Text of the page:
She also built a library in the high school on campus, with help from English teacher Beka Castro (also the club’s staff sponsor). They bought books and placed bookshelves along a wall in a classroom. The Library in Linden (named after the classroom, which is named after a tree) already has more than 1,000 books. They range from cookbooks to Shakespeare to classic novels to modern stories.

She realized that although she feels comfortable, accepted, and loved in her own community, not everyone would. “There is so much more that we could be doing,” she said. As a community, “(we) can be open to change, (but) somebody has to step up and propose change in order for it to happen.” Last fall, she founded a Diversity, Equity and Inclusion Club on her campus. Lieberman believes understanding and acceptance can be achieved through exposure. “We need to be flooded with so many types of voices and points of view… so we become used to knowing and accepting that people are different and still seeing the humanity in them,” Lieberman said. While representation is an issue on a larger scale, Lieberman said she can affect change in her own community at Waldorf. “If you boil it down, it’s a problem of humanity and it


Photos courtesy of Hannah Lieberman and Natalie Salvatierra

Anything is reading, Lieberman said, paraphrasing her teacher, “don’t stigmatize reading comic books over Socrates. Both are literature.” As for her own future, Lieberman said she definitely wants to keep doing something in the realm of public service. Although she’s not sure how exactly. “I’m just not comfortable with doing something that is not in service for others,” she said. “I want to do something that directly helps other people.” Follow the club on Instagram at @wsocdeiclub

Natalie Salvatierra Sending Sunshine, One Letter at a Time expanded that to people around the world.” Now, not quite a year later, Salvatierra has received more than 5,000 letters from nearly 50 countries. She has about 100 volunteers that help transcribe letters that are submitted online, which are then sent in batches of about 10 to each facility. She sends approximately 100 letters total per week. The response from the facilities has been overwhelmingly positive, she said. Some patients hang them in their rooms or create a “wall of sunshine” where all the letters are posted. “They can see the letters and be reminded that someone is thinking of them,” Salvatierra said. Receiving a letter from a stranger, possibly from a different country, can also bring people comfort. The art of letter writing is not lost on Natalie Salvatierra, 16, of Orange County. The Foothill High School junior recognizes the power of the written word and how letters of encouragement can help those struggling with mental health conditions. So she founded Solely Sunshine to help with exactly that. She started Solely Sunshine last year, after learning that stress exacerbates the symptoms of OCD and other mental health conditions, and during the COVID-19 pandemic, people are experiencing worsening symptoms. She also knew other people might be struggling with loneliness or anxiety. “I wanted to spread sunshine and encouragement to people,” Salvatierra said during a recent phone interview. Receiving a letter and seeing the person’s handwriting is really special and meaningful, Salvatierra said. “It feels really nice that somebody thought of you,” she said, and it’s also a “feel good” activity for the writer. “Knowing the words that you are writing will help someone else… it makes you feel good.” She started the project by asking her friends on her personal Instagram to write letters that she could mail to mental health facilities. “I got a really great response,” she said. “So, I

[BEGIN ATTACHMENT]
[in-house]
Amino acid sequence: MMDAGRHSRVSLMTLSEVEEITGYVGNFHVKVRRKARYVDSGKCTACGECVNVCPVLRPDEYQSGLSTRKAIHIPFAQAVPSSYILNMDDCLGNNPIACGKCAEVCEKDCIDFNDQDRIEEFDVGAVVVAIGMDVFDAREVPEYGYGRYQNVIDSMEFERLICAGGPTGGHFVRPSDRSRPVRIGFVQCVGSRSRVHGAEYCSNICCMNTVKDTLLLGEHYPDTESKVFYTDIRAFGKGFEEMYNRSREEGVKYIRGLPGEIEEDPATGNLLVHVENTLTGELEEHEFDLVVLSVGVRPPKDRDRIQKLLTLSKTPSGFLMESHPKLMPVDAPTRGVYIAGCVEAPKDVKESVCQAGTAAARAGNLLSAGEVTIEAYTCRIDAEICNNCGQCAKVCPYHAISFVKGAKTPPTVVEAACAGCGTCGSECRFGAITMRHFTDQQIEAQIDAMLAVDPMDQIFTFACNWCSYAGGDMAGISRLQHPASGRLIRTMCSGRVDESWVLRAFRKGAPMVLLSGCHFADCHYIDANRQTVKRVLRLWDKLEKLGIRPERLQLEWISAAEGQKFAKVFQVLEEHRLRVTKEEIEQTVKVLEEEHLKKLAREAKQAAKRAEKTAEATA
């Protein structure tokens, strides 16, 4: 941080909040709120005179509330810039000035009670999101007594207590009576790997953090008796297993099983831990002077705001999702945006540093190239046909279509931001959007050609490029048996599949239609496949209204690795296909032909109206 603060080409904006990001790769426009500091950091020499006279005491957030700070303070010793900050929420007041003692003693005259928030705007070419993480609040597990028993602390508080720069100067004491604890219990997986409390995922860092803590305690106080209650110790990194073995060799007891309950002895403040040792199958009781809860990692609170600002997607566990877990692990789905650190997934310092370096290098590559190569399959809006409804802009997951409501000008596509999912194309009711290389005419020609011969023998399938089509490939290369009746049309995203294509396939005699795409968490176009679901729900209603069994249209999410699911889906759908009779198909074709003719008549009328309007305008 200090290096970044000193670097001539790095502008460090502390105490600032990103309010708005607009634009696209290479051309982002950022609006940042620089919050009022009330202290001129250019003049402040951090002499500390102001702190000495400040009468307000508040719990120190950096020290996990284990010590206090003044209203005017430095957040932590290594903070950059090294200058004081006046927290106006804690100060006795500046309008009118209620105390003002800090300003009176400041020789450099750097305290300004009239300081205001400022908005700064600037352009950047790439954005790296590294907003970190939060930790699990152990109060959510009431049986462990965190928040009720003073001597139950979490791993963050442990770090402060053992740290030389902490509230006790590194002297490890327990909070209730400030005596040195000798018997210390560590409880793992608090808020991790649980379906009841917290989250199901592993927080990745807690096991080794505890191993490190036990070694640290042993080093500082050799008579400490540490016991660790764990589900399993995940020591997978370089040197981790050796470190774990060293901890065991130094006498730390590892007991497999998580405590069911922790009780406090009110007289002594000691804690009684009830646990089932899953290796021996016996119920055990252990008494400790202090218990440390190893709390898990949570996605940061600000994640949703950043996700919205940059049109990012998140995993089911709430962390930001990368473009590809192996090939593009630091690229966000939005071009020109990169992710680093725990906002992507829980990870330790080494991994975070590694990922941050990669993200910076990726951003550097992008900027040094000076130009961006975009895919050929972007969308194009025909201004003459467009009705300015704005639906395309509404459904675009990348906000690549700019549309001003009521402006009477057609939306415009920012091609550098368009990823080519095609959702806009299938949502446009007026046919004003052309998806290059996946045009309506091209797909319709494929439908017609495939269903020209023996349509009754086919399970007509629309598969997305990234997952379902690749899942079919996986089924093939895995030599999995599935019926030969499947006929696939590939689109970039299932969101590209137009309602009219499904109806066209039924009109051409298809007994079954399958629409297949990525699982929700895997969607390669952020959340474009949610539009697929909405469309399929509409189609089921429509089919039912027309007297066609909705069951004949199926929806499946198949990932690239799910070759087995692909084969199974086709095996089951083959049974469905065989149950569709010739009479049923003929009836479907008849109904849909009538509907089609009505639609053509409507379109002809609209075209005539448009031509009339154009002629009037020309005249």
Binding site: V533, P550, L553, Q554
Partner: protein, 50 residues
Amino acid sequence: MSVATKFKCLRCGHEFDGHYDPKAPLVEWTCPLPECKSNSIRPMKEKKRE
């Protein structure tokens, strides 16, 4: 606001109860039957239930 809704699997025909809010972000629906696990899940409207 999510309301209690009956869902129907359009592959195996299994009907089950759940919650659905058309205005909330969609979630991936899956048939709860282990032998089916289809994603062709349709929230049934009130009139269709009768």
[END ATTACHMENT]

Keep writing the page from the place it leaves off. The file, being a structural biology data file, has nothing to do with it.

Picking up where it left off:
“That factor makes you feel like the world isn’t so big, even if you feel isolated there are people that are there for you, people that you don’t even know,” Salvatierra said. “You definitely feel a connection.” The majority of the patients in the facilities she sends the letters to are teens, she said, but she’ll gladly send to any facility. Community service and helping others is something Salvatierra grew up doing. Whether it was donating cell phones to soldiers or organizing a religious tolerance event, caring about others has been a priority for her. Salvatierra also published a book, “Do Not Worry, Little Donkey,” about a young donkey who experiences anxieties, like being scared of the dark or storms. “I definitely think that just by being kind, even if you don’t know someone, can make them feel happy and content,” she said. For her career, she hopes to make people smile through a different method: Food. Salvatierra wants to become a food scientist, a flavorist, creating different food flavors for snacks and beverages. And community service will always be a part of her life. “I always continue to help people,” she said. “I like to make people happy and food makes people smile.” For more information, visit


M OM + POP ACT? AP? SAT? By Kim Newett